“Refuse to write your life and you have no life.” — Patricia Hampl
While seated in the departure area of the Edmonton airport a while back I noticed a woman madly scribbling in a notebook. Scattered by her feet were a leather computer bag and a pink suitcase. She possessed an enviable ability to appear as though she were ignoring what was going on around her while actually immersed in the creation of a mind-map. I was tempted to videotape her process. It was slick, deliberate, and resourceful. With a handful of coloured pencils, she captured in pictures and words the physical attributes and snippets of conversation of the individuals and families in the immediate vicinity: details she might later inject into stories.
My studio-office is heaped with such notebooks, binders stuffed with loose-leaf pages and moderately soiled napkins littered with strings of adjectives for future use. I always carry a red Moleskin with me. My writing benefits from soaking up minute details, particulars others would consider mundane. I spy and steal from ordinary folks, people like you and me.
Crafting a personal essay that dazzles fulfills me more than any other writing I do. I’ve heard many say this type of writing is effortless. After all, what could be easier to write than an essay about yourself? It’s a basic form perfected in elementary school, right? Wrong! What separates mediocre from brilliant is constructing text with burning appeal and relevance for the reader. Sharing the events of a summer vacation or some other personal experience can be dull or gleaming. It is through the injection of significant sensory details and vividly written scenes that genius is conceived.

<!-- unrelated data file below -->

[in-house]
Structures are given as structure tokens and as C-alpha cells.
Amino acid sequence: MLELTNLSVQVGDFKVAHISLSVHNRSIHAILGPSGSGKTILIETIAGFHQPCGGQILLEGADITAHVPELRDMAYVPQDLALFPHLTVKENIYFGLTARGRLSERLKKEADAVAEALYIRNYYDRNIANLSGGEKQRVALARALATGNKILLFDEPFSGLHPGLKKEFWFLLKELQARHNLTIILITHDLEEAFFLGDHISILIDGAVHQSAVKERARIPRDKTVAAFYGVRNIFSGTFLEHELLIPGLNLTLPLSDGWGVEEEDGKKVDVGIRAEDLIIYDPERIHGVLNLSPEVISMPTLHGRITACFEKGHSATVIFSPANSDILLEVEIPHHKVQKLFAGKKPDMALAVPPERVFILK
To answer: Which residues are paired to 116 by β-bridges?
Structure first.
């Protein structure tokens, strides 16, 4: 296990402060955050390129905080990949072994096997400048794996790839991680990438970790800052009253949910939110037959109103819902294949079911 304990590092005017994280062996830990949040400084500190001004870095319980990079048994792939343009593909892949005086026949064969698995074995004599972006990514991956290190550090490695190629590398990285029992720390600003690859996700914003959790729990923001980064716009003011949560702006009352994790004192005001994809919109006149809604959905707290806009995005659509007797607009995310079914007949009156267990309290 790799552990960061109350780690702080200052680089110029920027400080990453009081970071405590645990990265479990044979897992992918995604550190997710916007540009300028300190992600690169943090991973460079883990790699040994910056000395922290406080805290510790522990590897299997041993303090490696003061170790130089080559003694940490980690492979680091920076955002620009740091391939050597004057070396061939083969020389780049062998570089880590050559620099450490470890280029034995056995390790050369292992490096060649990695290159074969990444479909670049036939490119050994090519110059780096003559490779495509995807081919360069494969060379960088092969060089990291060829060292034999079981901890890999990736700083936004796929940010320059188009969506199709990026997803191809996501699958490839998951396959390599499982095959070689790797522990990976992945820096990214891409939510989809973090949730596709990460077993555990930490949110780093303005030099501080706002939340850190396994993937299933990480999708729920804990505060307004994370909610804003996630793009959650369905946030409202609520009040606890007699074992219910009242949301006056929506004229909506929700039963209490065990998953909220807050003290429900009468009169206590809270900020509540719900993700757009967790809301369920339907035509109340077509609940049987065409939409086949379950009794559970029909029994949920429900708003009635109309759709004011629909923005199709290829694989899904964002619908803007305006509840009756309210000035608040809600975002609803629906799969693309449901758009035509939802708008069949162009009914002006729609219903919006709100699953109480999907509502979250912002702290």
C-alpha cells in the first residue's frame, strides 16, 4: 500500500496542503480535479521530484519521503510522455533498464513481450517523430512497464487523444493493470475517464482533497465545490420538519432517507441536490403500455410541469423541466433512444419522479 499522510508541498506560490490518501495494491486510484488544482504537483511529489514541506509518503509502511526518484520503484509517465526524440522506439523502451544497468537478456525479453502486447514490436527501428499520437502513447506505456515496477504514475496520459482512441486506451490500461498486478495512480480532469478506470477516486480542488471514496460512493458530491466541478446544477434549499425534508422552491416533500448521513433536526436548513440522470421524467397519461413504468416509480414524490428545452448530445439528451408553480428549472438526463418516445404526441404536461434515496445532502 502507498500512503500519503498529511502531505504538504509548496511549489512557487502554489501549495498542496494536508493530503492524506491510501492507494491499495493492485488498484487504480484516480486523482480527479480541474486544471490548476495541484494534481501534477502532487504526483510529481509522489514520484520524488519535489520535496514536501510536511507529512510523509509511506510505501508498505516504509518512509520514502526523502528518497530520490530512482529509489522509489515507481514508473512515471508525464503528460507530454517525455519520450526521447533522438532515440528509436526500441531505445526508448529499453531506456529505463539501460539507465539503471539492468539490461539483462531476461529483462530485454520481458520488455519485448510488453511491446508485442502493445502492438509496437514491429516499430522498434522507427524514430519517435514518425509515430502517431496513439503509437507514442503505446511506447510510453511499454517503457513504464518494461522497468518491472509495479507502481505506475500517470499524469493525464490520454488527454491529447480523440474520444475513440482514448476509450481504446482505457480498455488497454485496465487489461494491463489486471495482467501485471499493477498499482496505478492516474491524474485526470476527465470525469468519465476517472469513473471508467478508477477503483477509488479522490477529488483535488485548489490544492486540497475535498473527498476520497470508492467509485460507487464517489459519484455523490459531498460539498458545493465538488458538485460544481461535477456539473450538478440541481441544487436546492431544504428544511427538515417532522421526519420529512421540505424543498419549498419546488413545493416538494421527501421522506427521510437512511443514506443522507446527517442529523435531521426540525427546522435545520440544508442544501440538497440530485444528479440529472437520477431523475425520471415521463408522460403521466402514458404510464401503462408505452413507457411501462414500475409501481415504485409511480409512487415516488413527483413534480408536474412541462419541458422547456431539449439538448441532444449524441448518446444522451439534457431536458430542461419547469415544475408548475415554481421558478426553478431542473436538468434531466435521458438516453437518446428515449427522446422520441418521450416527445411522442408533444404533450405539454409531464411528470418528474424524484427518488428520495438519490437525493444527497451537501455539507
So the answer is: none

An orderly whisked Kimiko off to insert a long, sterile needle deep into her abdomen to extract amniotic fluid. We were to have had this test and an ultrasound but for some reason not clear to us, we cancelled. I imagined how excruciating the abdominal test would be, how Kimiko would shove a hand to her mouth and bite down to suffocate the screams. (From “Ringo”, Volume 11, Tincture Journal, Australia.)
Creating the right amount of controlled space within and between scenes fascinates me as a writer. If every single detail is shared, little is left for the reader to interpret and consider, thus creating writing that is too predictable.
The writing of personal essays also offers me an opportunity to meld with earlier times and breathe fire into my version of things. As an only child of deceased parents, my recollections can no longer be fleshed out and validated by others. Through putting memories to paper, there’s a chance to revisit intimate times, events, impressions, and space. There’s power in being the one person remaining to come to terms with her narrative.
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